'Better' Days For Chrisette Michele

Thursday, June 20, 2013


When Chrisette Michele released her 2007 debut, I Am, she was the breath of fresh air so many craved in modern soul music. At the time, she was the anti-glitter-and-fuss Beyoncé, a singer's singer who shunned commercialism and opted for the dark smoky corners of coffee houses as her habitat. A little fish in a big pond of Jill Scotts, Erykah Badus, Ledisis was Chrisette Michele, and even with a GRAMMY win and praise in tow, well, she was still one too many of the same kind of nouveau soul singer. Still, I Am was a mighty fine debut and erroneously, most (including myself) vied for Michele to follow-up her debut in a similar aural vein. Yet, the former hook girl for Jay-Z and Nas had other ideas.


For 2009's Epiphany Michele went into full-blown R&B territory abandoning the sweet jazz and neo-soul mixture of I Am. As a result, the album as a whole divided fans, even though with her searing vocals Michele elevated the rhythm and blues formula and churned out yet another solid release. Then 2010's Let Freedom Reign happened and it, sadly, flopped lifeless on the ground as Michele presented an album raft with uninspired material that did little to push her into the forefront or exemplify her powerhouse vocals. In short, she sacrificed the uniqueness of what drew fans in from the start in order to appease to commercial beck and calls -- the one thing she had set out in the beginning not to do. Whoops.

Fortunately, Chrisette corrects her faux pas and comes back to self, as Better is, well, better in the sense that Michele has found a way to bridge both I Am and Epiphany and nestle into a harmonious sweet spot. Michele's adulation of Sarah Vaughn, Billie Holiday and other legendary jazz chanteuses is still there, swirled into the mix of her flair for dramatic and modern R&B that has a dollop of hip hop placed on top, and it's this mish-mash that will appease fans of Michele's work of yore.

Also on par is Michele's vocalizing. She was always head and shoulders above many singers of her ilk, but on Better she projects with more assurance and vulnerability and the material she has presented fits it, not isolates it. When you hear tracks like synth zingers like "Visual Love" and the gorgeous O'Jays sampling single, "A Couple of Forevers," you'll hear her growth as a vocalist shine.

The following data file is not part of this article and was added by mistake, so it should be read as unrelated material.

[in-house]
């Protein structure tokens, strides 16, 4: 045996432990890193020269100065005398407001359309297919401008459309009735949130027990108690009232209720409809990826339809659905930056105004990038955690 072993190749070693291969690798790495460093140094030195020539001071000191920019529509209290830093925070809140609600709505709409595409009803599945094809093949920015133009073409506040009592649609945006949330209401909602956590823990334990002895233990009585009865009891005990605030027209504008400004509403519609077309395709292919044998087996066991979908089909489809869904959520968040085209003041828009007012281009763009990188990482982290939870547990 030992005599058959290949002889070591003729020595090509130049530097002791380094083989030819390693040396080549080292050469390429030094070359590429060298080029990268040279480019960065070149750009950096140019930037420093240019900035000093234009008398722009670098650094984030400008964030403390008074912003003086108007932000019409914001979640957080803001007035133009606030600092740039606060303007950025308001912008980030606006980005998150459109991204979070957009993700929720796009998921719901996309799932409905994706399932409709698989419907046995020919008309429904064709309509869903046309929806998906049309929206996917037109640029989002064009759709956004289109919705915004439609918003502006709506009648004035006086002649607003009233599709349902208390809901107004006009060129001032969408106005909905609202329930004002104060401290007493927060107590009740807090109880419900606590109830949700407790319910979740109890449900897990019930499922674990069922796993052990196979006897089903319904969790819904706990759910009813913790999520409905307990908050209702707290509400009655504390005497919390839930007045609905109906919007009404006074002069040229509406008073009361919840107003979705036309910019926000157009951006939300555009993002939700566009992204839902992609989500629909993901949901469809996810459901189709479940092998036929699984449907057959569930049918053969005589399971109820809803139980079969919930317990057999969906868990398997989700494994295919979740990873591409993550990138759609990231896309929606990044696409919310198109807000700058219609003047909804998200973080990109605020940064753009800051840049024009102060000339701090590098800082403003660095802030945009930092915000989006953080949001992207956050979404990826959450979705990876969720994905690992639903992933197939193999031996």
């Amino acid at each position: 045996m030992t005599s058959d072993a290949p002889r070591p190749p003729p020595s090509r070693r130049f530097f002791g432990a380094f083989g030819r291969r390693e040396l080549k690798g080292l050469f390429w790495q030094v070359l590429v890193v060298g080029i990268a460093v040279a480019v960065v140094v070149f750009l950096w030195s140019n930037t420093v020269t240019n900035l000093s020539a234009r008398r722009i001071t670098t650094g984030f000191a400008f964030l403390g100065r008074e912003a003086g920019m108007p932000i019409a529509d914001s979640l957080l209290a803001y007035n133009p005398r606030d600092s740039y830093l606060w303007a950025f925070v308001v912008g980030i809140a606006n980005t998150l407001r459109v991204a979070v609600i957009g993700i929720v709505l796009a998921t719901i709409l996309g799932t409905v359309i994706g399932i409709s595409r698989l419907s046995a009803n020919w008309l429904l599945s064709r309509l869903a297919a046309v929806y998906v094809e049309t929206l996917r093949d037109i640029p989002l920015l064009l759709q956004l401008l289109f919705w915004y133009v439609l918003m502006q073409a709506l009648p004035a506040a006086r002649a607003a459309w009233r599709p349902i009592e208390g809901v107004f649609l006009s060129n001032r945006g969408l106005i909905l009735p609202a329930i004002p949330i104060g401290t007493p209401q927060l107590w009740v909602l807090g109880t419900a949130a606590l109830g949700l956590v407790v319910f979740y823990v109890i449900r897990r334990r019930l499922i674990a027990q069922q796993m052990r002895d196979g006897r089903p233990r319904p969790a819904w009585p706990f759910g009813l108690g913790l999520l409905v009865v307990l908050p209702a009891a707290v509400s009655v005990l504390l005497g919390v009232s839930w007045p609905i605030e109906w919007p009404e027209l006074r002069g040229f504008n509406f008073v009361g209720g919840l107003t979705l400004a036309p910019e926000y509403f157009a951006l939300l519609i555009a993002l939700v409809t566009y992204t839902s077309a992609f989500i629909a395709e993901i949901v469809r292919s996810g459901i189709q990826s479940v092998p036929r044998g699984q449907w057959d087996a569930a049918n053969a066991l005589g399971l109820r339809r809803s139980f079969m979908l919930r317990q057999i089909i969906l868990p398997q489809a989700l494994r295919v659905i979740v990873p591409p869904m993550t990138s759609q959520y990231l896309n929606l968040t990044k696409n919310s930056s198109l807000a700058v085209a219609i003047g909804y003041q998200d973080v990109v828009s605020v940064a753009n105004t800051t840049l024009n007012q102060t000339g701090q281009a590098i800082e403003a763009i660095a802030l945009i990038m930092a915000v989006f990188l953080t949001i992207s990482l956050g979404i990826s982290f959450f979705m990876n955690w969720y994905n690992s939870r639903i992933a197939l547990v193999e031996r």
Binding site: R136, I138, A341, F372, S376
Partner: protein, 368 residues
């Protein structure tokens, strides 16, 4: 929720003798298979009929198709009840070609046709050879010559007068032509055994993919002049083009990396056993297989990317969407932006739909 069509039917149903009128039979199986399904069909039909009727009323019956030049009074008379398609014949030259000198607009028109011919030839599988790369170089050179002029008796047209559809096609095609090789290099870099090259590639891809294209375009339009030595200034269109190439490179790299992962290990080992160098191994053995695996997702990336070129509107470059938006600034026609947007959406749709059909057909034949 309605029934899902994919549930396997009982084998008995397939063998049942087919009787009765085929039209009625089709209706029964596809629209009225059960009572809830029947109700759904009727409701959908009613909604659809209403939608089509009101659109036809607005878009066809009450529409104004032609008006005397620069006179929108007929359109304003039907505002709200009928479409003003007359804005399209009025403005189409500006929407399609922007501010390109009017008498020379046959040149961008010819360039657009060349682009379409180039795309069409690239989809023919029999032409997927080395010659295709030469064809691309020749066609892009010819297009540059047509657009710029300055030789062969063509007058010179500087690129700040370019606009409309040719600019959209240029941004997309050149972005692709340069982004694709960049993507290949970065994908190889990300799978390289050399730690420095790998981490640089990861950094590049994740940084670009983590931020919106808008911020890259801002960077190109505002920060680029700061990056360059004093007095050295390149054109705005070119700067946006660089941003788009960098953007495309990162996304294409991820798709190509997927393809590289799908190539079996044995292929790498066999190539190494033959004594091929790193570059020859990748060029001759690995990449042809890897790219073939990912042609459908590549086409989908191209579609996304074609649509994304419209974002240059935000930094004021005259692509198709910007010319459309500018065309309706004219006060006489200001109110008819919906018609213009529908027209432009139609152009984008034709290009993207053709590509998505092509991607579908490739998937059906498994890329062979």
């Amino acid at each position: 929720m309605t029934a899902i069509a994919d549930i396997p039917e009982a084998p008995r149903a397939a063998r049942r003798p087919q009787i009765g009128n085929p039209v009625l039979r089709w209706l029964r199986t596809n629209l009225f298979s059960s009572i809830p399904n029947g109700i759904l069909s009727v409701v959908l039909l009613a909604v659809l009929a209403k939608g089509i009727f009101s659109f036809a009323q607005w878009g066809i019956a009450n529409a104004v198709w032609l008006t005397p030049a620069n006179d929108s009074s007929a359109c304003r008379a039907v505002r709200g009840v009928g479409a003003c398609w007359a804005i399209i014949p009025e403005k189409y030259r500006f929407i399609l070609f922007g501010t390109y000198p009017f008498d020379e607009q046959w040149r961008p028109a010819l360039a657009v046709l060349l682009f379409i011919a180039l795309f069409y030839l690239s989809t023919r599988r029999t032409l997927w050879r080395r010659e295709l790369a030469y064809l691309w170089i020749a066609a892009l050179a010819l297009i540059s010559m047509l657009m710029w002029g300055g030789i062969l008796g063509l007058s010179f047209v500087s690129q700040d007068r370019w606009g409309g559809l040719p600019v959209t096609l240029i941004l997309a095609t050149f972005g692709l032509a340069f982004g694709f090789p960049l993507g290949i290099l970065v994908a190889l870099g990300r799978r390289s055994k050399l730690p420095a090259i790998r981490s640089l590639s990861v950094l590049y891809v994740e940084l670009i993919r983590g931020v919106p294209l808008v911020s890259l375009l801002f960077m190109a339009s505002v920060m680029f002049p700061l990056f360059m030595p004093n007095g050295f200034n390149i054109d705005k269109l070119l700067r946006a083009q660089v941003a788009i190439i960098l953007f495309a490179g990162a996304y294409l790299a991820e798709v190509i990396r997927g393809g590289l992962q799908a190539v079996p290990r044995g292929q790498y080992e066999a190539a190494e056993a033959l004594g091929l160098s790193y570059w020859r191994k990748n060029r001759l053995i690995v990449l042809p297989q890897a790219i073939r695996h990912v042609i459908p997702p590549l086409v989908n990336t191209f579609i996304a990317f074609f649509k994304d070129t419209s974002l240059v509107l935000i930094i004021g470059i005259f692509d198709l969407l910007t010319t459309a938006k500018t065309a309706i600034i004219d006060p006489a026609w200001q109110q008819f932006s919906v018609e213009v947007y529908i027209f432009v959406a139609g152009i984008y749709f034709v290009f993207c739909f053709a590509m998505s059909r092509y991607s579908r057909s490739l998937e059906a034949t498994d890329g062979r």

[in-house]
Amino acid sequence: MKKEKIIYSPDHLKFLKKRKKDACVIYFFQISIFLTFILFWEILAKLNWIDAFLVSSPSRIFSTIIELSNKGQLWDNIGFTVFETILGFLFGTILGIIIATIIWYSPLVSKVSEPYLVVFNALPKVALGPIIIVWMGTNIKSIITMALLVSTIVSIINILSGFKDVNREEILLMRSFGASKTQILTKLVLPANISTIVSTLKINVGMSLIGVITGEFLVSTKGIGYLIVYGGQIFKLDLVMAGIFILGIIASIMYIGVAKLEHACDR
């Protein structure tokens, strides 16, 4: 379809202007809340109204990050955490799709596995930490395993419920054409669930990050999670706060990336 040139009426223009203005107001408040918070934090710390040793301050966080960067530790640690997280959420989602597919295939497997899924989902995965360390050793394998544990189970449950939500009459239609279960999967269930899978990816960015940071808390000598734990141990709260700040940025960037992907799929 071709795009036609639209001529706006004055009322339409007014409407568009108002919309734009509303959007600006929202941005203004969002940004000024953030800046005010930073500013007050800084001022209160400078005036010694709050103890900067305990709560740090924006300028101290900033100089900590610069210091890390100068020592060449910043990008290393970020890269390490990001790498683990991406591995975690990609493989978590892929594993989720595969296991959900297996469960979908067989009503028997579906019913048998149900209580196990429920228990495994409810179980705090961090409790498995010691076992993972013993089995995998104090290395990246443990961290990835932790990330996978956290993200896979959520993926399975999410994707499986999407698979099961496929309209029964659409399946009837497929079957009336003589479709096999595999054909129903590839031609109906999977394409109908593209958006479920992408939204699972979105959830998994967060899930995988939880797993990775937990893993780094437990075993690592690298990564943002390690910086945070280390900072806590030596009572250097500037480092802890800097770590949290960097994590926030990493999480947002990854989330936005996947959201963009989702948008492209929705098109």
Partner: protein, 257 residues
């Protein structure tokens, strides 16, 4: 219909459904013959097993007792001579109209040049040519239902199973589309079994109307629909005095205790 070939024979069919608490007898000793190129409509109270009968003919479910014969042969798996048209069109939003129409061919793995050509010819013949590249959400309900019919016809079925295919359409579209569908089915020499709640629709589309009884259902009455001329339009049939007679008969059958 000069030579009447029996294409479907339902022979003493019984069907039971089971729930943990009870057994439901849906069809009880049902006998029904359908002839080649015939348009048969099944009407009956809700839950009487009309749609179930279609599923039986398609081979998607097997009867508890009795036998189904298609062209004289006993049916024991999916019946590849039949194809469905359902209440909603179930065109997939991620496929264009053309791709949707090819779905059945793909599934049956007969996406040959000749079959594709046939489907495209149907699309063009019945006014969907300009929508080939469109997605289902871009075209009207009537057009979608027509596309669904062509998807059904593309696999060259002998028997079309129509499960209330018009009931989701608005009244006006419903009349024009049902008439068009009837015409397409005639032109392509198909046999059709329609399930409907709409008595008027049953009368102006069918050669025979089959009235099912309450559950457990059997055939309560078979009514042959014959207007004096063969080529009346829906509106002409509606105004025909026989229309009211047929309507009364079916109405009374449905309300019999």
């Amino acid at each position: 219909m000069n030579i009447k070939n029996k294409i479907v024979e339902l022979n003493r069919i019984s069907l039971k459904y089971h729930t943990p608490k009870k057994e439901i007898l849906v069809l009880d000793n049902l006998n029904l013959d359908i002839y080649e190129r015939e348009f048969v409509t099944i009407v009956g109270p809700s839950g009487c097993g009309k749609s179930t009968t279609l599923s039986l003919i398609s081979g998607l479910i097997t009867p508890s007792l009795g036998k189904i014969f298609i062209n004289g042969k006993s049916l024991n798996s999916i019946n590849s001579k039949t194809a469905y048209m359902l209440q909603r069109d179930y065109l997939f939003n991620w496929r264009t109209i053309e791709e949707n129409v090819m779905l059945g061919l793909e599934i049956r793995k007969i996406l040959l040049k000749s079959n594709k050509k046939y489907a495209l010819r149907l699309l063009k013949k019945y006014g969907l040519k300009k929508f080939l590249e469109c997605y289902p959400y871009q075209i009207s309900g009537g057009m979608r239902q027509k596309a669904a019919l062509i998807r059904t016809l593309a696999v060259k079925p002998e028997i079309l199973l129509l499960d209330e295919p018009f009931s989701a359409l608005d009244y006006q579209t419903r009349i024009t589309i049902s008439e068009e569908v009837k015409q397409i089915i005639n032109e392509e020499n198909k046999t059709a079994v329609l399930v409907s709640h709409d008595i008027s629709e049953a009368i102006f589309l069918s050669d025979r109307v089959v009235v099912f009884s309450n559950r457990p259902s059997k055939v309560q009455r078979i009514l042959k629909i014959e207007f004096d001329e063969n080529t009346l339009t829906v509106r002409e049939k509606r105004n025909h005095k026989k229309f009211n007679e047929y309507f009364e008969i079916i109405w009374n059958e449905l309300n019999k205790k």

Michele has also gotten a firmer grasp on her pen. She was recently quoted saying that she needed every record to be "dynamic" and be exactly what she's going through and "experiencing right now." Chrisette has always lived up to that promise as her albums play like poetic and rhythmic diaries, and Better further illustrates her journey of re-discovering herself yet this time applies her personal growth to how she approaches love. Older and wiser, she treads with caution as she manifests independence on "Let Me Win" and the Bilal assisted briskness of "Can The Cool Be Loved?". Michele also notes her flaws and limitations on the confessional "Snow," even rebuffing 2 Chainz's advances on the moody "Charades".


Chrisette doesn't build a wall around her heart too high as she optimistically coos about desiring love on the glowing title track and between the lush acoustics of "Get Through The Night". She even torches a Philly soul love letter on "Love Won't Leave Me Out" to fill it all out. Michele does veer off into fun numbers like my personal favorite "Rich Hipster", which was an import from last year's Audrey Hepburn EP and has Michele planting tongue to cheek on an observation of the life of 21st century trendsetting movement she feels a part of. Even "rich hip-hop hipster" Wale gets in on the fun with a verse or two.

For several years now, arguments of what is "real R&B" have ricocheted back and forth pinball machine like. Still I ask, what is "real R&B" supposed to sound like? Who is giving the right sound? Who is not only expanding upon it, but reaching back to the foundations of where it all began? From these questions a myriad of answers (mostly arguable opinions) surface. Yet, after hearing Better and noting the journey of class and sass that Chrisette Michele has been on since she first sashayed in, it's evident where the answer to those questions lie. For someone who began their career as "one of many" Chrisette Michele now currently stands as one, a singular and enduring contender in the crazy checkerboard game of R&B, and it's all thanks to the betterment of Better.

Review originally posted on SoulBounce.com

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